A client came to me the other day with a concern that the number of clients that owed him fees was growing, and getting worse over time. He used the case management software called Clio. Clio tells you who owes you fees, but it doesn’t do this kind of history, and its ad-hoc reporting capability is a bit on the thin side.

Clio does have solid data extraction though, and I was able to extract the client data for paying and non-paying clients. The twist in the mix here, was there was a third type of client, the partial-pays. The partial pays have paid part of their fees, then went into a collection status. While we want fully paid clients, the partially paid ones don’t really fall into the other two categories.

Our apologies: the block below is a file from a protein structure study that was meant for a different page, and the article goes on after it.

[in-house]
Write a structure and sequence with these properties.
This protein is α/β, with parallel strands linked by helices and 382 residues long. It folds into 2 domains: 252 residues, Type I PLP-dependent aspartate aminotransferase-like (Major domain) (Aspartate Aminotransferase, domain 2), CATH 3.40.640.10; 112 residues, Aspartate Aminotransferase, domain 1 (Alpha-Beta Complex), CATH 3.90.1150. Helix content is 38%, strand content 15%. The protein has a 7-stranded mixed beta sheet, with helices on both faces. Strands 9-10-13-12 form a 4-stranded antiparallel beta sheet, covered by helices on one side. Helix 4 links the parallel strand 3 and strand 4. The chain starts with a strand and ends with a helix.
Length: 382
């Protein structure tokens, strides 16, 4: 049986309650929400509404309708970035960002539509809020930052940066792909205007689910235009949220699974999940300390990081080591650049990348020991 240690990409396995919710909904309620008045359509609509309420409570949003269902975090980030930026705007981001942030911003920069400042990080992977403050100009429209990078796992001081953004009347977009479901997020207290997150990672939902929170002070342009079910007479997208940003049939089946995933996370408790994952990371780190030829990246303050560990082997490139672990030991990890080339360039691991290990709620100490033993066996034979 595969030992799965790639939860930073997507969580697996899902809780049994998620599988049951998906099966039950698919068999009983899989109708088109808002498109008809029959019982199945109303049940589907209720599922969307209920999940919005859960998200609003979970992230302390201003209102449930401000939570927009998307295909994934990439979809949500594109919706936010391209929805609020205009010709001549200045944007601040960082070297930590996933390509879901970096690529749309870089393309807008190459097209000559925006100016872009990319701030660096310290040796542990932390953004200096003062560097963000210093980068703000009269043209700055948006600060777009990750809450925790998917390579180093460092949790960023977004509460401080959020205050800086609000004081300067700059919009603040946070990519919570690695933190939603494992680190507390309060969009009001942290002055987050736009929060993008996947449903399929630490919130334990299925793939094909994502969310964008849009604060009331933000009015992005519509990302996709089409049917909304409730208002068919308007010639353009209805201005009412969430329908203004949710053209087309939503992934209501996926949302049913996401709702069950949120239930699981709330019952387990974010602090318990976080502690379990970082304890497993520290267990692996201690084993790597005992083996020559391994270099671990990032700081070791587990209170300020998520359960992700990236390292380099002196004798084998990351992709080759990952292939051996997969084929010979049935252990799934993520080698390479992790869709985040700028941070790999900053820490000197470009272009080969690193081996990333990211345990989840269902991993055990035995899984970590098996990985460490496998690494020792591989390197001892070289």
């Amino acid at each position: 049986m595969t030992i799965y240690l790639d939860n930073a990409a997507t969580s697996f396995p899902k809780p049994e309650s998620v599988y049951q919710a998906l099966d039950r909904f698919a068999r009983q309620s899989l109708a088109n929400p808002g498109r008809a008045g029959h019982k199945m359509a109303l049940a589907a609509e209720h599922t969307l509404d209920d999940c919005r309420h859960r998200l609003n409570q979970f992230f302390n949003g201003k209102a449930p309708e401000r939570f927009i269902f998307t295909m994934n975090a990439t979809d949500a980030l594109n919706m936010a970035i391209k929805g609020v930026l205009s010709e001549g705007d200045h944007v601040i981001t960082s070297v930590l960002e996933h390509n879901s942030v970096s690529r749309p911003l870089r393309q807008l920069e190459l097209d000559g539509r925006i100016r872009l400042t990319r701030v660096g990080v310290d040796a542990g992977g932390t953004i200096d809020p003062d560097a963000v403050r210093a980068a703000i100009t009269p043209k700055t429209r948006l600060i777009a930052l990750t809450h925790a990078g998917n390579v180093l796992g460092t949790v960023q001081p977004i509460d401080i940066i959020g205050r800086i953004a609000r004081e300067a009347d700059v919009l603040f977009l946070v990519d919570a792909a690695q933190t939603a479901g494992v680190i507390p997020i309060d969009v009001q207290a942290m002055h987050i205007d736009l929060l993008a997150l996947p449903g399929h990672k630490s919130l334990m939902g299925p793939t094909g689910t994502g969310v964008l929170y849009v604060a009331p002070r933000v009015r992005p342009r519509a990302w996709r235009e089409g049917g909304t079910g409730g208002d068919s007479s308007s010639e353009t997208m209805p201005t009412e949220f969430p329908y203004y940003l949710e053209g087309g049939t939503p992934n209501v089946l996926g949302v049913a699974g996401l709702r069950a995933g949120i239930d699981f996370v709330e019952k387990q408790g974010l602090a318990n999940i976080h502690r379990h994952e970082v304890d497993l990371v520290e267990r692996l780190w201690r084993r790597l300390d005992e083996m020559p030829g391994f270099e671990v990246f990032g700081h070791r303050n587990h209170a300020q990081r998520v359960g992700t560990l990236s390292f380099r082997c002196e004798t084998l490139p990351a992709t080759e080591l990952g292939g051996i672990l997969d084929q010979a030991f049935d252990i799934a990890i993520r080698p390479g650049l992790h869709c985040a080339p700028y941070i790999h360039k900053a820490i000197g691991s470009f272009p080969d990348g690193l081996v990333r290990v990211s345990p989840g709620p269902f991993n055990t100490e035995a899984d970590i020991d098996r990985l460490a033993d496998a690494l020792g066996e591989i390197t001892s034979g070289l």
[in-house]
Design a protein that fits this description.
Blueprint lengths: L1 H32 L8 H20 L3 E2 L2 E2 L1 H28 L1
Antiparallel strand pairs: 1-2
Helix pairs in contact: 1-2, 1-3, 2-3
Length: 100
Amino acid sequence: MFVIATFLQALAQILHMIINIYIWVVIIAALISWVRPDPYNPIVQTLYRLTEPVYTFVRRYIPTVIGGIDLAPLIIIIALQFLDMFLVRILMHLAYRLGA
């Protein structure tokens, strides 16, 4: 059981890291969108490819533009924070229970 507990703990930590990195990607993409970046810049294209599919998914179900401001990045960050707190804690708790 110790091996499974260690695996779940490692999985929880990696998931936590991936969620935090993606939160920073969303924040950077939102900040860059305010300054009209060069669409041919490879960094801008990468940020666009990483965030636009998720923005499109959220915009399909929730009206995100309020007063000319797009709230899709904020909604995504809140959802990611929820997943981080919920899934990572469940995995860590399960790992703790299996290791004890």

Making matters more complicated, we only have two and a half years of data. It’s difficult to get a trend with two and a half years, and what do you do with the half a year? You can extrapolate, or make a ratio. We really want to know if things are getting worse or better, so a ratio of non-paying to paying clients will work. After some data wrangling, this is what we came up with:


Our ratio of non-paying clients to all clients dropped last year, from 15% to 10%, and dropped again this year which is good

Our ratio of partially-paying clients to all clients also dropped last year, which is good. But this year it leveled off. This isn’t because the year isn’t over yet, you don’t show up in the partially paying client list until you start missing payments.

This is notional data, by the way. So, things got better last year, but we’re not doing better this year. The collections team needs to find more effective measures.